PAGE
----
Programming is for Girls

Fair warning: Some gross generalizations and exaggeration for emphasis follow. But some valid points I think.

I wrote my first computer program over 35 years ago. There were more women in the field back then. Not as many as their were earlier in the history of computers though. Programming was a woman’s job. The excitement, the glory, the theoretically “hard part” was in the hardware. So was the money. Computer hardware cost a lot more than computer software. Even in the 1970s when one of my professors told me that one day people would spend more money on software than hardware I was not so sure he was right. But of course he was. Good thing for me and my career. But as the money moved into software women were pushed out of the field. This was not a good thing on many levels.

When I was a student I went to a really conservative university – girls had curfews but boys didn’t. It was a long time ago. The boys tended to spend a lot of time “after hours” in the computer center working on their projects. And during hours as well. The girls not so much. They spent less time in the lab and somehow seemed to always get their projects in on time and to get good grades. In fact they got as good grades as the boys who seemed to live in the computer lab. Weird no? Perhaps not. Also in my first job out of college, mid-1970s, there were a lot of women writing code. Not quite as many as there were men but close. And the women were older, mostly married with kids and at the end of the day they easily left their work behind. And they met all their deadlines with a seaming ease that I sat in wonderment of. What was up with that? I have a theory of course. We, in the west at least, socialize women to plan and men to, well, not plan as much. Think about a high school prom. Planning for the boy means remembering to buy a ticket, perhaps organizing a Tux and showing up on time. For a girl, a whole lot more. Just the day of the prom there is scheduling when the hair is done, the nails, perhaps the makeup, where in the mix does one actually get dressed. And oh by the way she probably made sure the boy got the tickets and his tux.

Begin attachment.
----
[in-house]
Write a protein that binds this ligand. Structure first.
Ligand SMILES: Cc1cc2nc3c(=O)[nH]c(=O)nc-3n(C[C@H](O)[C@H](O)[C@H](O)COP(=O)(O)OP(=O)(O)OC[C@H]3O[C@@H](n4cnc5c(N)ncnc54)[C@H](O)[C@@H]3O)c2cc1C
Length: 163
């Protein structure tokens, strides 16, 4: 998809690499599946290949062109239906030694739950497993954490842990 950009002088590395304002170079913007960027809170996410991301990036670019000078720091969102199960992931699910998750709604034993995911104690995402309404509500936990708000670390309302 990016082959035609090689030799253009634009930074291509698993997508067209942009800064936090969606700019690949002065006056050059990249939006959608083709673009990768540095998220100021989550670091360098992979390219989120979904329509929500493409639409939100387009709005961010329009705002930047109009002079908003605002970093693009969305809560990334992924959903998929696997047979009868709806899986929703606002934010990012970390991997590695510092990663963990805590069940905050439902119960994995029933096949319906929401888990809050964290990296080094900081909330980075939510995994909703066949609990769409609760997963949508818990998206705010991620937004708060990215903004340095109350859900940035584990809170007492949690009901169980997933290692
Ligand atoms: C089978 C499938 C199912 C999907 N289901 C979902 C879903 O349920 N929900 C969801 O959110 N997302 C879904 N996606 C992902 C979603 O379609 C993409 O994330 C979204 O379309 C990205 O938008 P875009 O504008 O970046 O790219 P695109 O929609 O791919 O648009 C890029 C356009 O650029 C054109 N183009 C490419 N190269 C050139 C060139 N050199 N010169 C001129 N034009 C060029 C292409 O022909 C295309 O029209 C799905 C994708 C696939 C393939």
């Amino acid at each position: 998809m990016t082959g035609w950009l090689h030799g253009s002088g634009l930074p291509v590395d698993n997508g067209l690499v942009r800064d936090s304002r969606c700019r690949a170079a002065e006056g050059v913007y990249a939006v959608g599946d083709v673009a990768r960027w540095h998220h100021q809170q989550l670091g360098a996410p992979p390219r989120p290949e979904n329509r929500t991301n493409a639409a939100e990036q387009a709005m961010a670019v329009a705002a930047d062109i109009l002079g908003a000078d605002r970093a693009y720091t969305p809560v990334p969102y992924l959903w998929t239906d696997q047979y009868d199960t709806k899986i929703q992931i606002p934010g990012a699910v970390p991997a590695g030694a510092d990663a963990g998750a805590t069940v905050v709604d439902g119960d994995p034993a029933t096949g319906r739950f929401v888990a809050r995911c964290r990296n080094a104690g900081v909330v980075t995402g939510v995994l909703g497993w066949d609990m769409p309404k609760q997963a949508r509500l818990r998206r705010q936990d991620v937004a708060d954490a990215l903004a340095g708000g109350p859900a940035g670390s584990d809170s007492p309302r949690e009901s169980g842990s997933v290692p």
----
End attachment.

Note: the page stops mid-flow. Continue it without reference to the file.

This post was inspired in part by an article from Stanford (Researcher reveals how “Computer Geeks” replaced “Computer Girls”) and there is a quote from Grace Hopper that I find most interesting

As computer scientist Dr. Grace Hopper told a reporter, programming was “just like planning a dinner. You have to plan ahead and schedule everything so that it’s ready when you need it…. Women are ‘naturals’ at computer programming.”

Naturals? Maybe or maybe not. But we do force women at an early age to plan. The women I went to college with and the women I have worked with in programming jobs were all planners. My wife was a professional programmer for a number of years. Her programs pretty much always worked the first time. She was not interested in debugging. She was interested in getting things to work the first time. And so it goes. When I was teaching I saw a lot of boys (not all but a lot) programming by the “ready, fire, aim” method. Start throwing code together, check it, fix it, check it, check what the result should be and fix some more. Bug? Throw in some code and see if it fixes the problem. Girls did not follow this pattern as often. Think things out, understand the problem, plan a solution, code. test, hand in and go on with their lives.

Some days when I listen to debates about computer science vs. computer engineering I wonder if the solution is just to get more women back in the field? We are seeing tools that are designed to teach and interest, interest perhaps being the more important thing, young women in programming. The man who got Kodu rolling has a daughter as do several of his team. It is no accident that the graphics are girl friendly (while not turning young boys off either). Alice has been used, especially story telling Alice, with good results with girls. Young girls seem to love building robots with Pico Crickets among other tools. I have heard about a lot of middle school girls getting into programming through FIRST Lego league as well. The thing may be to not scare them away later.